Reading 3 articles

Reading 3 group articles

Group report

As members of a reading group we have varied interests and tastes: how, therefore, to choose books that satisfy us all?

We like biographies, so read two over the past year, but though interesting books, neither of the subjects appealed to us. “Sheila” by Robert Wainwright, chronicled the life of a beautiful Aussie socialite who married into the British aristocracy and was rumoured to have had an affair with the future King George V!. (There was a Hayling connection – one of her lovers was the ex-husband of the Russian princess buried in St Peters’ churchyard). In “Spilling the Beans” well-born Clarissa Dickson Wright (one of the two fat ladies of TV cooking fame) told of her abusive childhood and descent into drunkenness. We thought her at times too boastful and economical with the truth and found some of her views abhorrent.

Choosing books by authors we have previously (separately) read and admired does not always guarantee a popular read. Robert Harris’ “The Fear Index” (topically about Artificial Intelligence) and Eric Newby’s “Departures and Arrivals” (snippets from his extensive travels about the world) were agreed not to be their best works.

Reading classics has been an aim of our group, and Daphne du Maurier’s “The House on the Strand”, deemed an example of a modern classic, was thought to be a very good read. Far more sombre, “The Awakening” by Kate Chopin, published in the USA in 1899, and described as the first feminist novel, was rated rather dull and tame. (The author’s beautifully crafted prose went unappreciated!) Taking as its subject the growing sexual feelings of a married woman for another man, it was thought scandalous in its day, ending its author’s novelistic career.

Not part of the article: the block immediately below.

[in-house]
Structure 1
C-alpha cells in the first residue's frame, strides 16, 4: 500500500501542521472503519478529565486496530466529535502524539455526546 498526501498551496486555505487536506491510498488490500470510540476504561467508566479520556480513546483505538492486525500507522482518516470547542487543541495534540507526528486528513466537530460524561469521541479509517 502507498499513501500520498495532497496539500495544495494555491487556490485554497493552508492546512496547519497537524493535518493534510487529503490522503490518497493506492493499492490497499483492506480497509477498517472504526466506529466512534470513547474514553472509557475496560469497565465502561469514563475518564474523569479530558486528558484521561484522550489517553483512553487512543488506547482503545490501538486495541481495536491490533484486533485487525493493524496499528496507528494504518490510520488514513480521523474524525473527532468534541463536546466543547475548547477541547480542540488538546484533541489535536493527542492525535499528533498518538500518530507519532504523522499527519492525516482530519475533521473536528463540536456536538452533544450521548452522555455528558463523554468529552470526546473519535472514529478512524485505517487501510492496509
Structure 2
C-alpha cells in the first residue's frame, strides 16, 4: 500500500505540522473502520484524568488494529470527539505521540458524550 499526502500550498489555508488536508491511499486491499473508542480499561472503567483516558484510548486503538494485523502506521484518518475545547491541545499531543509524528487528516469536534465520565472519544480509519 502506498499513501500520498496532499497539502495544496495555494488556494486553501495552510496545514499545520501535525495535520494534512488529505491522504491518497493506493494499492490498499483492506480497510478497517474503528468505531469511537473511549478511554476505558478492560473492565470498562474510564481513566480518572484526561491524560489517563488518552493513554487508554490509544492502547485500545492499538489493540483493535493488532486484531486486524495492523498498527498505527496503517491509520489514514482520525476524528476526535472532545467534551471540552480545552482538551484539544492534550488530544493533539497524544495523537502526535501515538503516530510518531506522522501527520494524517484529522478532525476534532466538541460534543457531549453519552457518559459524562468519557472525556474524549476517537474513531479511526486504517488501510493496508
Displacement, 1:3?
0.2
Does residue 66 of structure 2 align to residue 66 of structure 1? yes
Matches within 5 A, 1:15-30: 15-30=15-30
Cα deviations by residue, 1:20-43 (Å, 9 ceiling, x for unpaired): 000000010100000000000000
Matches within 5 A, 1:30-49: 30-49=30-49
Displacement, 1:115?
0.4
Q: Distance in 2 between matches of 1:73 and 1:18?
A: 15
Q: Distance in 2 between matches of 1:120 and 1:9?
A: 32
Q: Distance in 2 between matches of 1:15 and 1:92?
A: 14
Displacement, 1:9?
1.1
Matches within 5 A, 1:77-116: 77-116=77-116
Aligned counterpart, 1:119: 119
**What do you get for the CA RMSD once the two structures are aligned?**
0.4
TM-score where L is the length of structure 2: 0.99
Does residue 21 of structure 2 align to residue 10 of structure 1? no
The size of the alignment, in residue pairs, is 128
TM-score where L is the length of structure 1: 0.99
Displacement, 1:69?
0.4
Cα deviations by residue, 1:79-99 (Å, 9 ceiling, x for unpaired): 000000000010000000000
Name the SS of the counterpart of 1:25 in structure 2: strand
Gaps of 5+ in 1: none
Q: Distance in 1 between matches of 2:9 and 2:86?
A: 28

Comedy novels were surprisingly unpopular. Chosen as lighter summer reading “Mapp and Lucia” by E F Benson (between-the-wars social rivalry) and “Hitman Anders and the Meaning of it All” by Jonas Jonasson (a Swedish satire from the author of ”The 100 Year Old Man Who Climbed Out of the Window and Disappeared”) proved flops. Taste in comedy is very personal, and it may be best to steer clear in future!

So, does it matter that some books are not liked by some of the group? We feel that the challenge of trying books we would not otherwise have come across, thus widening our reading experience, is what a reading group is for.

Now it is time to choose again for 2020 ………..

Jen Cayley

This is an article published in the Summer 2019 edition of the Hayling Island U3A newsletter

Group report

This is an article published in the Winter 2017 edition of the Hayling Island U3A newsletter...

It is hard to believe that it is nearly 7 years since I was asked to take over Reading Group 3. At the time I was unsure how it would work out, having never done anything like it before. However I approached the members at that time and proposed that I was quite happy to host the meeting, collect the sets of books and return them to the library and make the tea, and sometimes even make a cake and the group would have to run itself. We began this 'system' in January 2011 and it seems to be working out ok, we are still going and have a full complement of 10 once again. We have had a few changes of membership along the way, a few decided it wasn't for them and unfortunately a couple have passed on, but all in all, it has been a successful venture. The members of the group select books from those available. The person who chooses the book leads the discussion meeting the following month. Some books we all like, there have been a few that none of us have liked but mostly there is a mixed reaction and we are able to enjoy a good discussion. As we all say, Reading Groups are great for discovering books that we would probably never have chosen in the first place. Over the tea and cake we discuss holidays and whatever anyone wishes to share since the previous month.

Long may we continue!!

Pauline Brice